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Motorcycle Safety Checklist

Motorcycle Safety Checklist

When you’re about to head off on a drive, there are an assortment of things you need to check before pulling out. Remembering every single item to tick off in your head might be challenging, and you could end up forgetting something important. Use this handy safety checklist to ensure you’ve covered all the bases. You can even save it on your phone to have it on hand at a moment’s notice. Perform this pre-check before every ride for a safe and hassle-free trip.

Our Motorcycle Safety Checklist

  1. Helmet and Eye Protection: First thing’s first. Got your helmet on? Is it DOT (Department of Transportation) certified? While a standard helmet is good, a full-face one is better. This will keep your head, eyes, and ears protected all in one. If you don’t have this style of helmet, make sure you wear eye protection too. Without it, airborne objects could fly into your eyes, which could cause a knee-jerk reaction.

  2. Protective Gear: You need the right attire to protect yourself from airborne objects, flying insects, and debris, as well as poor weather conditions and the possibility of a crash. These items include a jacket, gloves, boots, pants, and kneepads. Here’s a quick ‘why’ for each.

    Jacket: A jacket is needed to deflect objects and insects from striking and cutting your skin. It’ll also keep the rain and snow from seeping into your clothes underneath and chilling your body. This jacket should be a substantial riding jacket (leather, for example) that can sustain road rash. A thin cotton zip-up won’t do!

    Gloves: These will help you maintain a strong grip on the handlebars, so sweaty palms won’t be an issue when turning. Your gloves will also provide a protective barrier between your skin and the road as well.

    Boots: As the body parts nearest to the ground, your feet are relatively vulnerable. Quality boots will keep them safely slotted into the footrests of the bike and protect your feet when coming to a stop. Open-toe shoes like sandals are an absolute no!

    Pants and Kneepads: Long pants will act as a protective barrier, saving your skin if you were to fall off your bike. You should be able to fit kneepads overtop of them comfortably to give yourself extra protection. Not many find themselves unscathed after slamming a knee into the ground. Armored motorcycle pants are an excellent option.

  3. Tires: Give your tires a thorough check. Assess that the tread is in good condition so you can brake quickly without skidding on bald tread. The air pressure should be checked at least once per week, as daily fluctuating temperatures can greatly affect the PSI. Ensure your wheels aren’t bent or cracked. If they are, make the day about replacing them. Don’t ride on deformed rims.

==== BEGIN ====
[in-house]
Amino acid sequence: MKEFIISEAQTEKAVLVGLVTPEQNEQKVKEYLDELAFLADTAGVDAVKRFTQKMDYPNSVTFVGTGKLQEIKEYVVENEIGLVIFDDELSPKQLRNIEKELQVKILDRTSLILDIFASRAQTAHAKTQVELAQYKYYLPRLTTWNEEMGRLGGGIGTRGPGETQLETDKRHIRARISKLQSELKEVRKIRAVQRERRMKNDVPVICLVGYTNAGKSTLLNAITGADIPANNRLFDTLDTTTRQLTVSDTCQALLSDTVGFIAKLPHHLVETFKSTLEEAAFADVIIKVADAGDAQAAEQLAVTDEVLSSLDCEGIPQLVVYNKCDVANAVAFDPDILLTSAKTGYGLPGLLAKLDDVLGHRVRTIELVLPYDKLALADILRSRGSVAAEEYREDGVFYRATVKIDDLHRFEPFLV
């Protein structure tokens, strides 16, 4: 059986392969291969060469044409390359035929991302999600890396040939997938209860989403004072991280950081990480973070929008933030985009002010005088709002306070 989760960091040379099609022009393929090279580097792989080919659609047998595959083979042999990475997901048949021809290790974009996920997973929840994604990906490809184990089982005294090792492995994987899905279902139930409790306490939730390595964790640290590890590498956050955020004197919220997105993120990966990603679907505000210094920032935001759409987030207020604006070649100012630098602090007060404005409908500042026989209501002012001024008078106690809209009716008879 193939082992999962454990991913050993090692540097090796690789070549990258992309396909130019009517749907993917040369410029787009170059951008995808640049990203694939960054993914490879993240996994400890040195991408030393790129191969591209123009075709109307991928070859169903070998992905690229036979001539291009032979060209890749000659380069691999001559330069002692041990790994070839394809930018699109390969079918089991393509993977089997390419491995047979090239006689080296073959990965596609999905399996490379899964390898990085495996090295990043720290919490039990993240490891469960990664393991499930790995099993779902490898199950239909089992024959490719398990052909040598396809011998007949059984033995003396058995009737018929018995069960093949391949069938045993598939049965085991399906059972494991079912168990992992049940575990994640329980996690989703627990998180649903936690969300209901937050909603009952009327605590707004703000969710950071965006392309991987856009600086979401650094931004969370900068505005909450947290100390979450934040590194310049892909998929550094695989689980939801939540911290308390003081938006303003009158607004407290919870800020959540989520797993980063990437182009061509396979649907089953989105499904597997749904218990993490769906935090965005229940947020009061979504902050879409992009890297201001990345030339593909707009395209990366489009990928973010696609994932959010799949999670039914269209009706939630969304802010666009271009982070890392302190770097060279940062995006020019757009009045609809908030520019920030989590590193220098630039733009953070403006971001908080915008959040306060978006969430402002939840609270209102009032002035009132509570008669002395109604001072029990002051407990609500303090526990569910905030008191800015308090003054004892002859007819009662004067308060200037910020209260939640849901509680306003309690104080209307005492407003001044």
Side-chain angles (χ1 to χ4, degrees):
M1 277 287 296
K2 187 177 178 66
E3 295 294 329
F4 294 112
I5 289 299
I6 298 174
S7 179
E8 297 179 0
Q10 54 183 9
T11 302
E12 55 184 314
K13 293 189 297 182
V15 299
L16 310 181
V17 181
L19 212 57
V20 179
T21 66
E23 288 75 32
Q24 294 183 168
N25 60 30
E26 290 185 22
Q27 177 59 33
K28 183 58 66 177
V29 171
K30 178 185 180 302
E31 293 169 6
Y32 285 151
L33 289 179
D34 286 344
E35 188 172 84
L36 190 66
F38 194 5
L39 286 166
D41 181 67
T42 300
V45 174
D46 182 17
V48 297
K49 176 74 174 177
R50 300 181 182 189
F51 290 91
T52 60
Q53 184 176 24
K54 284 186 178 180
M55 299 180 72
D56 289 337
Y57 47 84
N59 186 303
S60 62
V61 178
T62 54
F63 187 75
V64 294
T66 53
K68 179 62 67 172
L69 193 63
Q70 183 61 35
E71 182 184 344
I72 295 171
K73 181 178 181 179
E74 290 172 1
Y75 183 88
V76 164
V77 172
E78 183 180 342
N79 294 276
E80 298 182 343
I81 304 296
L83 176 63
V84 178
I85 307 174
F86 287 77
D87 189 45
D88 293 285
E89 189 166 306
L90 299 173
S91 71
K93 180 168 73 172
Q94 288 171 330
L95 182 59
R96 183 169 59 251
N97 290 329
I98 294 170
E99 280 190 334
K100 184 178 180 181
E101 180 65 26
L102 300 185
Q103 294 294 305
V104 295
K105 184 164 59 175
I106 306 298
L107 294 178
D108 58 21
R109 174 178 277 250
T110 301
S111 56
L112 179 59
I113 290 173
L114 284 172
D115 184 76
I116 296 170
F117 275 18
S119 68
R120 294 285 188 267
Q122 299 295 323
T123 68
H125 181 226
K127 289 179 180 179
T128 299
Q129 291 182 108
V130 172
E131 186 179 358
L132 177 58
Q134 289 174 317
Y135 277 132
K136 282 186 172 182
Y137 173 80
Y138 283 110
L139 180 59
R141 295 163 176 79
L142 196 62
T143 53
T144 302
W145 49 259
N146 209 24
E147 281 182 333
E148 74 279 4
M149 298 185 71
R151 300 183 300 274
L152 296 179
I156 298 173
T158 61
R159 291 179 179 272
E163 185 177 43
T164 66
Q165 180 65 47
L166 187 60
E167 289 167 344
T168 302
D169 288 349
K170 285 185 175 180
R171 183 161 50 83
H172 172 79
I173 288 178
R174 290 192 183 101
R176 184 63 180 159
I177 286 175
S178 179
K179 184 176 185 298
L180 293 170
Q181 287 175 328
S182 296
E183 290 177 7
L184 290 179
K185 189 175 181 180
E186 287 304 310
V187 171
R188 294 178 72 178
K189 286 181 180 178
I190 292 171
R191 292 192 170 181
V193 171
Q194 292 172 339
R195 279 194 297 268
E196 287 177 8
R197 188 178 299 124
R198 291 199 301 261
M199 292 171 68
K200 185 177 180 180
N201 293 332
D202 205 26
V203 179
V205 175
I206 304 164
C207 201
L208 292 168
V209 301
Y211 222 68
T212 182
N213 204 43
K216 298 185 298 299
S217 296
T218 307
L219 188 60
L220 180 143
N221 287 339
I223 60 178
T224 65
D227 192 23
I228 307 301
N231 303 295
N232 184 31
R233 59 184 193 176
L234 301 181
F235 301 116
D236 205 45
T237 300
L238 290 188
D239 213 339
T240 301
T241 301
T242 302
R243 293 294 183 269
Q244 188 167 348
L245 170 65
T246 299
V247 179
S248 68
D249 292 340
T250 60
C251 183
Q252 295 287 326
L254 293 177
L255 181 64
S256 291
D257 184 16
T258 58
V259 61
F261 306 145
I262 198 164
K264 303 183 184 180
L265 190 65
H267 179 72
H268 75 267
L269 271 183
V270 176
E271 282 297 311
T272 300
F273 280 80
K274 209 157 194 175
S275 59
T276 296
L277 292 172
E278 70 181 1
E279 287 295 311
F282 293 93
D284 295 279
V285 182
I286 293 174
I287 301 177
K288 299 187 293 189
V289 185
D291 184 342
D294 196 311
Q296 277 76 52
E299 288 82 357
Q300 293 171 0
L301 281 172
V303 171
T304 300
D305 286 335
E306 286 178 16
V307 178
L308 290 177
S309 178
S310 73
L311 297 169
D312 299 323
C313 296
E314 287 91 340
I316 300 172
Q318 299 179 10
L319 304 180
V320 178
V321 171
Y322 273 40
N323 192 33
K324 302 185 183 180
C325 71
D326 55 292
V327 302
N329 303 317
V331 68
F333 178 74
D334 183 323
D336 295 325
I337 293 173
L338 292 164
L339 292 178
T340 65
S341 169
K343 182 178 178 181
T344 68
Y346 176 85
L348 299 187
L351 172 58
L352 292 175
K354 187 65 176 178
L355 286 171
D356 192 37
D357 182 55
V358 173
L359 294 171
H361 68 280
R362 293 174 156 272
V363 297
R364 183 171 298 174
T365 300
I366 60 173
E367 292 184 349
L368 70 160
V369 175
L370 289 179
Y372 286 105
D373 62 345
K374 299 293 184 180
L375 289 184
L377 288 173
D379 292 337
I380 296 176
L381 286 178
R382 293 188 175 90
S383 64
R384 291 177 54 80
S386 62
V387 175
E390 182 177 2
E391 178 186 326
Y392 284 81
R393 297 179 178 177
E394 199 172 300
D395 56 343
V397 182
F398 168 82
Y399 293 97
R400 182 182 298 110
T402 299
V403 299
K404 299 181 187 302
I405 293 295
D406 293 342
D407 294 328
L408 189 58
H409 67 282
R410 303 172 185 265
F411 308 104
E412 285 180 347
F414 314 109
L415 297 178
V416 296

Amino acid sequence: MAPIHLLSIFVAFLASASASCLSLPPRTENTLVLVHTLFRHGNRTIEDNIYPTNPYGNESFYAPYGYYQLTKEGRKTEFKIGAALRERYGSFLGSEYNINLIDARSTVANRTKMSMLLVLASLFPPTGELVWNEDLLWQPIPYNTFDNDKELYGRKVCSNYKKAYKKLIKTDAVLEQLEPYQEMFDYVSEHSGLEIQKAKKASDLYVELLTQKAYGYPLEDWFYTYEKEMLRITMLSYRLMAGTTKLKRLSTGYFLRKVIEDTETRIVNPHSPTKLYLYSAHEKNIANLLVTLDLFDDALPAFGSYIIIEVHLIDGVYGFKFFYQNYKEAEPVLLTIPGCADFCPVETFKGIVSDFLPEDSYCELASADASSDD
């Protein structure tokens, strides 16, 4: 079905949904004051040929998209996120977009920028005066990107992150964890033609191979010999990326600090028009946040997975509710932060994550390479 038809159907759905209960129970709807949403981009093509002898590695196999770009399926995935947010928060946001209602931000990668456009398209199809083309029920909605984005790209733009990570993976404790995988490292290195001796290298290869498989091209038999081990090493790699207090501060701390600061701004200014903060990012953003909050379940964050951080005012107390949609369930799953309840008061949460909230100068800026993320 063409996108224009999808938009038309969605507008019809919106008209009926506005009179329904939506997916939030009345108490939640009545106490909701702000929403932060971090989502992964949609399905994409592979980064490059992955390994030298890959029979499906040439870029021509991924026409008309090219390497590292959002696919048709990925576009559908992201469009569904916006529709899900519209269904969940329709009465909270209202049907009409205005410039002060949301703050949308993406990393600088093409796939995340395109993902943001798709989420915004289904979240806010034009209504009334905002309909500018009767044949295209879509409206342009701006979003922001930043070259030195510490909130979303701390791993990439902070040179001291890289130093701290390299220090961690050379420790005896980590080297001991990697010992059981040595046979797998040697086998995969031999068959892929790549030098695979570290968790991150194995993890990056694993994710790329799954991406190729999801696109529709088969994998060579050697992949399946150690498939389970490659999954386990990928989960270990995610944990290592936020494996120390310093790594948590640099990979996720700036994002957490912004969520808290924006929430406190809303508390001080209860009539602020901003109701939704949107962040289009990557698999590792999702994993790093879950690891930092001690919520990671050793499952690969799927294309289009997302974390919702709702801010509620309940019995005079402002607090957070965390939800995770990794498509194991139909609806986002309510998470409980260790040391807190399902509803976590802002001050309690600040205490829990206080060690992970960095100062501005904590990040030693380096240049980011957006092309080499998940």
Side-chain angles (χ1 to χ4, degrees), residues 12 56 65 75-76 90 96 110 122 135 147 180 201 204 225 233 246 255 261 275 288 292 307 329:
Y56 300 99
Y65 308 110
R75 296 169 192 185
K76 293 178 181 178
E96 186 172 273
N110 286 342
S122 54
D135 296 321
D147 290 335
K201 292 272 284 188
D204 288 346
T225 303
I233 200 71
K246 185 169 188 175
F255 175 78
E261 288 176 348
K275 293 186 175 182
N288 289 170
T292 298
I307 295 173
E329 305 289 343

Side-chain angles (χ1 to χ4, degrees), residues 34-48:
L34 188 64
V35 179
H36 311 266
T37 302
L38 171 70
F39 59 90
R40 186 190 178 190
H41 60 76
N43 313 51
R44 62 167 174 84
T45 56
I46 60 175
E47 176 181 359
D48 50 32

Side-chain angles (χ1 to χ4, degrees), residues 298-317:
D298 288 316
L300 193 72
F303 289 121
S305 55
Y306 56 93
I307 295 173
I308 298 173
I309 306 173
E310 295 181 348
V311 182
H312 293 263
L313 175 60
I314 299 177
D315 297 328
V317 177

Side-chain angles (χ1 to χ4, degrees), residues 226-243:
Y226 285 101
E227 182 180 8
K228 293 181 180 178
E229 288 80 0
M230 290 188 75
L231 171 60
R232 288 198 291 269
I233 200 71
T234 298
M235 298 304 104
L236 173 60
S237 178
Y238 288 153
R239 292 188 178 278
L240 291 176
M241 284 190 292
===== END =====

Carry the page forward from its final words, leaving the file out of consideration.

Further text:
4. Brakes: As you know, brakes are crucial to a properly working bike. Check out the brake fluid reservoirs in the handlebars, as well as the rear of the bike. How are your brake pads? If they’re looking a little too worn, replace them immediately.

  5. Fluids: Have you changed your fluids recently? If you aren’t already checking up on these weekly, take a look at your motor oil, brake fluids, and coolant levels. Replace old fluid and top off any that appears low.

  6. Electronics: If any of your electronic components aren’t working, you won’t be able to take the bike out on public roads. The last thing you want is a ticket. Make sure your headlights, brake lights, and signals are all perfect. If something seems amiss, give the battery a look to see if it needs to be charged or taken into the shop.

  7. Chassis Parts: For the exterior of your motorcycle, this checklist item is easy enough. Look over the frame for serious damage that could interfere with your driving. Make sure all bolts are tightly screwed in, too. Other chassis parts to check off on are the exhaust, rear shocks, front suspension forks, coil springs, belt drive, chains, and sprockets.

  8. Controls: Malfunctioning controls will definitely spell trouble for you if you don’t check for issues before leaving home. Engage your handlebar throttles, front brake levers, clutch lever, and rear brake pedal to test for malfunction.

  9. Mirrors: Your mirrors must be in perfect condition so you can clearly see what’s behind you. Look for cracked or missing glass and get it replaced so the damage isn’t furthered.

  10. Miscellaneous Items: There are a few more items to tick off before you can safely hit the road. Is your kickstand bent? It should be in solid condition to properly hold your bike up when not in use.

Have your driver’s license, motorcycle endorsement, and insurance card on hand? Stow these in a jacket or pants pocket for safe keeping.

Now that you’ve worked through this checklist, you’re all set for a safe and fun ride!